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When the Invasion of Land FailedThe Legacy of the Devonian Extinctions$
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George McGhee,

Print publication date: 2013

Print ISBN-13: 9780231160575

Published to Columbia Scholarship Online: November 2015

DOI: 10.7312/columbia/9780231160575.001.0001

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PRINTED FROM COLUMBIA SCHOLARSHIP ONLINE (www.columbia.universitypressscholarship.com). (c) Copyright University of Minnesota Press, 2021. All Rights Reserved. An individual user may print out a PDF of a single chapter of a monograph in CUPSO for personal use.date: 14 June 2021

The Evolution of Life on Land

The Evolution of Life on Land

(p.1) Chapter 1 The Evolution of Life on Land
When the Invasion of Land Failed

George R. McGhee

Columbia University Press

This chapter discusses the earliest microorganisms that lived on land in the Archaean and Proterozoic Eons. For over 3,000 million years, life on Earth was confined to the oceans, and the land areas of the planet looked like the rocky landscapes of Mars. Definitive proof exists that microbial life was present on land 1,200 million years ago. Mats of microbial unicellular plants, animals, and fungi moved away from major river channels to the nearest lands, and thus survived on moisture provided by rainfall alone. These microbes then started a biogeochemical process that resulted in the creation of soil—an important factor that contributes to the indwelling of multicellular plant on land.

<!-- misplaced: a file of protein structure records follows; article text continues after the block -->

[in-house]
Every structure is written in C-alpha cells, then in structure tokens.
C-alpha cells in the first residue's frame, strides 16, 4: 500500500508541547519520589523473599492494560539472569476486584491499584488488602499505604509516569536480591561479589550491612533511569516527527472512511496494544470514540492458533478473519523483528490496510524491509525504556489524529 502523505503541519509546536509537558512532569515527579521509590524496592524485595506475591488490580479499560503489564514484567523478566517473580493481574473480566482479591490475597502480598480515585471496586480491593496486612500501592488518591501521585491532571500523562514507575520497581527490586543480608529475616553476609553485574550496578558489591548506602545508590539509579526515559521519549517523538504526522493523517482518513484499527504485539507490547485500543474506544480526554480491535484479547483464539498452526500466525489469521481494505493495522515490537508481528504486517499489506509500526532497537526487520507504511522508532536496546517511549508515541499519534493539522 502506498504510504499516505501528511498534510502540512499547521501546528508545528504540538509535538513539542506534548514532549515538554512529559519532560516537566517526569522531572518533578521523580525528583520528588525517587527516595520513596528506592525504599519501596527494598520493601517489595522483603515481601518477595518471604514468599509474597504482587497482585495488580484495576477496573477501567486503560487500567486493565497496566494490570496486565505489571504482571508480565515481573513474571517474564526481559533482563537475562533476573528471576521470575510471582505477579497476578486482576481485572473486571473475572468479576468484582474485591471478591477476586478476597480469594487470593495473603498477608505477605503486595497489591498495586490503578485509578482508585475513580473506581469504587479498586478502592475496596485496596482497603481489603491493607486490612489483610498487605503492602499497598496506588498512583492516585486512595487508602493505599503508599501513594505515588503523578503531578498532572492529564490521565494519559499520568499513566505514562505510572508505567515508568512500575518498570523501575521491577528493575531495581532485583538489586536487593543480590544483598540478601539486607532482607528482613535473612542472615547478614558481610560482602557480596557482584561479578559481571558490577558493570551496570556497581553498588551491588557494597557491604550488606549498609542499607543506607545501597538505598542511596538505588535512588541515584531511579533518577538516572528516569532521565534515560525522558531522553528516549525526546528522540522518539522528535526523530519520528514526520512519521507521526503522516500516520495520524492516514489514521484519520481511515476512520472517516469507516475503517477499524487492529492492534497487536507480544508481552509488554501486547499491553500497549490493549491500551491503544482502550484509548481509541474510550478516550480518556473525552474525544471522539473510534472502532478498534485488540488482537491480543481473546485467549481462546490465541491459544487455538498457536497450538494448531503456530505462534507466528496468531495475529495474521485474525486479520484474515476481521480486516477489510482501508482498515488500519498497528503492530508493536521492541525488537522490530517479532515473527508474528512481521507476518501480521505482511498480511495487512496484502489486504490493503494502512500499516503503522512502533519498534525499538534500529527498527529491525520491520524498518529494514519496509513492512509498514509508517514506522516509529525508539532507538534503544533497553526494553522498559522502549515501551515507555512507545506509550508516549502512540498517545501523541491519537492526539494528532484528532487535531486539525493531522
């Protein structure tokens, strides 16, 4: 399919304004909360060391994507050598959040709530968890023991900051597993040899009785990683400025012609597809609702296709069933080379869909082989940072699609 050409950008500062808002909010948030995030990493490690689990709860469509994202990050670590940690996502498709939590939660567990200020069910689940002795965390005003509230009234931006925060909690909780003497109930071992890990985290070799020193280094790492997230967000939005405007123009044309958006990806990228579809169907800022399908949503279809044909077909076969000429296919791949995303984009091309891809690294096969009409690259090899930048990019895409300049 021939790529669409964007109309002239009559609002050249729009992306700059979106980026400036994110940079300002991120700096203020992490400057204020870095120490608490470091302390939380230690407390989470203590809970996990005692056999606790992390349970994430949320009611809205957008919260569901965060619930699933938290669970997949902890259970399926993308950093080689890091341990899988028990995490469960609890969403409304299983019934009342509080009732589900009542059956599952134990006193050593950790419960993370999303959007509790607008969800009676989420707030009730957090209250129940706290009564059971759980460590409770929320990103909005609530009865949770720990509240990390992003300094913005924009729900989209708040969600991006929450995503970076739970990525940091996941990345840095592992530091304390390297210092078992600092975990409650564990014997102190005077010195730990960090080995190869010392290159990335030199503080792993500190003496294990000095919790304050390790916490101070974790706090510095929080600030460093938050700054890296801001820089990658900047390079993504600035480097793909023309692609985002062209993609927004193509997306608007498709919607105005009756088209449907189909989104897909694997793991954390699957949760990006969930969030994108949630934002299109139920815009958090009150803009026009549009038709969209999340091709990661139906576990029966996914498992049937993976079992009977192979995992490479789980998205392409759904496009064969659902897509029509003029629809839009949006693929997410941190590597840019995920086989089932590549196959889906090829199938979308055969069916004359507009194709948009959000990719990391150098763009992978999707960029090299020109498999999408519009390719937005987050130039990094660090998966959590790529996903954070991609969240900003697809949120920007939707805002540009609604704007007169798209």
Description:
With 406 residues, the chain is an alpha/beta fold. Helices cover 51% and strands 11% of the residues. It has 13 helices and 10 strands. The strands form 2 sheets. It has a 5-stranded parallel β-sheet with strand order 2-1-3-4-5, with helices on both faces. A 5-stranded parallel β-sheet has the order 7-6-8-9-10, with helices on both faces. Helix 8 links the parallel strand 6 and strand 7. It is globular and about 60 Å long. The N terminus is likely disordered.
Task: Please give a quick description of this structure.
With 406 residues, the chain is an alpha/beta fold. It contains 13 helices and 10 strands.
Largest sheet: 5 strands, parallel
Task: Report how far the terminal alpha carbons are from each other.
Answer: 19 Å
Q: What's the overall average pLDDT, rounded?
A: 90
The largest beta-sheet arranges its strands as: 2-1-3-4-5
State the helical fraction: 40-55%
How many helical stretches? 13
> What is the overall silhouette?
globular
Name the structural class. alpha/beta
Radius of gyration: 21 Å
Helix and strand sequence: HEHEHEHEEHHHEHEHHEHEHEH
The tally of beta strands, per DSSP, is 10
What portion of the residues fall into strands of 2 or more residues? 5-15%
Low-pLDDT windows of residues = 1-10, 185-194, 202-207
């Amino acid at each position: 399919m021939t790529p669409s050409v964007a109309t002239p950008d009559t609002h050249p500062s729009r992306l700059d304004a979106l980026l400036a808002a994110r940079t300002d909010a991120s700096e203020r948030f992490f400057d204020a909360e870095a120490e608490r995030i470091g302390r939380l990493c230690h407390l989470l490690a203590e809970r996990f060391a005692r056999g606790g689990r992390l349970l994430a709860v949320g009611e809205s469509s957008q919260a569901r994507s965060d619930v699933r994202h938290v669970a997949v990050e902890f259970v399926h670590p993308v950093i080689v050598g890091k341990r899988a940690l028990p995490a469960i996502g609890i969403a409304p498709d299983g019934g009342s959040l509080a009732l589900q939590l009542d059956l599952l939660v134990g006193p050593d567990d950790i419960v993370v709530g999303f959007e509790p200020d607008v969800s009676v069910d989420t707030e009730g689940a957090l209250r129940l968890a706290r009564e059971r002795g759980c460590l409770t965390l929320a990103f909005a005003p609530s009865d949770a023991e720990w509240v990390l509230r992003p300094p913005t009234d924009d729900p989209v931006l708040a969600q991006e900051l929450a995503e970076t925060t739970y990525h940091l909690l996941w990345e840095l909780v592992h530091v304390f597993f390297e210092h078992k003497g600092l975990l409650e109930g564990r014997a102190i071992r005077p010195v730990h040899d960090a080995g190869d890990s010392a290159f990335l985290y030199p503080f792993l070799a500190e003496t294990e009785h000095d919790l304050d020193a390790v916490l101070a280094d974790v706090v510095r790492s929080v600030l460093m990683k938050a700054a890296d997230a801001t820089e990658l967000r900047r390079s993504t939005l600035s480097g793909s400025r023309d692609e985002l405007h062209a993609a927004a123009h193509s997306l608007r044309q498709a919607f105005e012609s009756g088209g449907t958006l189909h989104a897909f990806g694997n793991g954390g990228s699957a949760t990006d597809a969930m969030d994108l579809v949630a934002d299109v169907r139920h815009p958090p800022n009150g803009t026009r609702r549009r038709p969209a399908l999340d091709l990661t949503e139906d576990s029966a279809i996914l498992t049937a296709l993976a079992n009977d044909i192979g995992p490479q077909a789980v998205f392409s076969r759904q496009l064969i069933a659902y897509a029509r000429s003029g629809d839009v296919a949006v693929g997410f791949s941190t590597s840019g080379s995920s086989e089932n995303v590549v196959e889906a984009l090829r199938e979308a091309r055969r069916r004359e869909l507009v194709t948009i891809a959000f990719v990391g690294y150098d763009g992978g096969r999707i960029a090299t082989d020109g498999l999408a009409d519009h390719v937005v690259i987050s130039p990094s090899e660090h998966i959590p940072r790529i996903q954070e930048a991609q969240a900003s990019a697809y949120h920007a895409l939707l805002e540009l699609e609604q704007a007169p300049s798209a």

Keywords:   Archaean Eon, Proterozoic Eon, microorganisms, Earth, Mars, land, microbial unicellular plants, biogeochemical process, soil creation

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